•They consulted their father, Atticus, who agreed with both opinions.

•The family had no recorded ancestors on either side of the Battle of Hastings, only Simon Finch, a fur-trapping apothecary from Cornwall.

•Simon worked his way to Alabama and established a homestead on the banks of the Alabama River, where he bought slaves.

•The men in the family remained at a place called Finch’s Landing and made their living from cotton.

Introduction to Maycomb in “To Kill a Mockingbird”

•Maycomb, the setting of “To Kill a Mockingbird,” was a self-sufficient place that produced everything needed to live except for ice, wheat flour, and clothing.

•Atticus Finch and his siblings left Maycomb for education and career opportunities, but their sister Alexandra remained and married a man who loved fishing.

•Atticus practiced law in Maycomb and his first clients were the last two people hanged in the Maycomb County jail.

•Atticus invested his earnings in his brother’s medical education and derived his income from law.

•Maycomb was a small and old town in a tired state when the narrator, Scout, first knew it.

Life in Maycomb County

•People in Maycomb County move slowly, with no hurry or place to go.

•The recent news of “nothing to fear but fear itself” brings vague optimism to some people.

•The narrator, her brother Jem and father Atticus, plus their cook Calpurnia live on the main residential street in town.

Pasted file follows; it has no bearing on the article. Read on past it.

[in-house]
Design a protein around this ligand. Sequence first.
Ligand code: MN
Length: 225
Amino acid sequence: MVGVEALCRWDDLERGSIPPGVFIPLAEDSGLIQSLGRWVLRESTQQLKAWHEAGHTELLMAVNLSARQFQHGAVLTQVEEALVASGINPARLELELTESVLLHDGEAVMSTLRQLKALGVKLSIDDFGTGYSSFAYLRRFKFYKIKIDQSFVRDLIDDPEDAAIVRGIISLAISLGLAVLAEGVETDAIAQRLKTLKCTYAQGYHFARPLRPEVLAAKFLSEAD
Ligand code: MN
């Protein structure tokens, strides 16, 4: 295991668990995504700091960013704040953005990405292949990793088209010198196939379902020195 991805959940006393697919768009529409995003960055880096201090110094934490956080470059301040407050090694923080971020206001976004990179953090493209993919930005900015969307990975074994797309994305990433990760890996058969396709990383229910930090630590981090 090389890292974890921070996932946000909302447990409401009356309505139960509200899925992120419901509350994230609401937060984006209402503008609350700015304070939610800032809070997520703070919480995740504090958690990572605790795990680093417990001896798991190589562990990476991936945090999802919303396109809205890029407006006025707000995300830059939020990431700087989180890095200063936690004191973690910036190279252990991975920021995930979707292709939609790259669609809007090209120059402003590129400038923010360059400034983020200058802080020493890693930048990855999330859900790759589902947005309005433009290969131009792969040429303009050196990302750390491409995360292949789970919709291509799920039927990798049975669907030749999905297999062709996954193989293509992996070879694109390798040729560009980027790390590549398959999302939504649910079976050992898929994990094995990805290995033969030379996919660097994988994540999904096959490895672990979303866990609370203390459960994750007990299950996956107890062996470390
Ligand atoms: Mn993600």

•The narrator finds Calpurnia to be tyrannical, always bossing her around but Atticus always takes Calpurnia’s side.

•The narrator never felt the absence of her mother who died when she was two. Jem remembers her clearly and sometimes becomes sad.

•The summertime boundaries were Mrs. Dubose’s house and the Radley Place.

•The Radley Place was inhabited by an unknown entity and Mrs. Dubose was plain hell.

•That summer, Dill came to visit, and they heard something in Miss Rachel Haverford’s collard patch next door.

The Introduction of Dill in “To Kill a Mockingbird”

•While searching for a lost puppy, Jem and Scout encounter someone sitting near the fence.

•The person introduces themself as Charles Baker Harris, nicknamed Dill, and claims to be able to read.

•Jem jokes that Dill looks like a four-and-a-half-year-old, but Dill insists that he is almost seven.

•After some playful banter, Jem invites Dill to come over and play.

•Dill explains that he is visiting his aunt, Miss Rachel, for the summer and will be spending summers in Maycomb from now on.

•Dill reveals that he doesn’t have a father and blushes when Jem asks him about it.

•The three children spend the summer together playing games and working on their treehouse.

The Radley Place in “To Kill a Mockingbird”

•The protagonist’s friend, Dill, had a fascination with the Radley Place and suggested the idea of making Boo Radley come out.

•The Radley Place appeared eerie and mysterious to its neighbors, with its rundown appearance, picket fence, and reputation for being haunted.

•People speculated about the existence of a malevolent phantom who lived inside and was responsible for committing small crimes in Maycomb.

•The Radleys were seen as outsiders for keeping to themselves and not participating in the town’s social activities.

•Mr. Radley followed a strict routine of walking to town every day and returning promptly, rarely speaking to anyone along the way.

The Mystery of the Radley House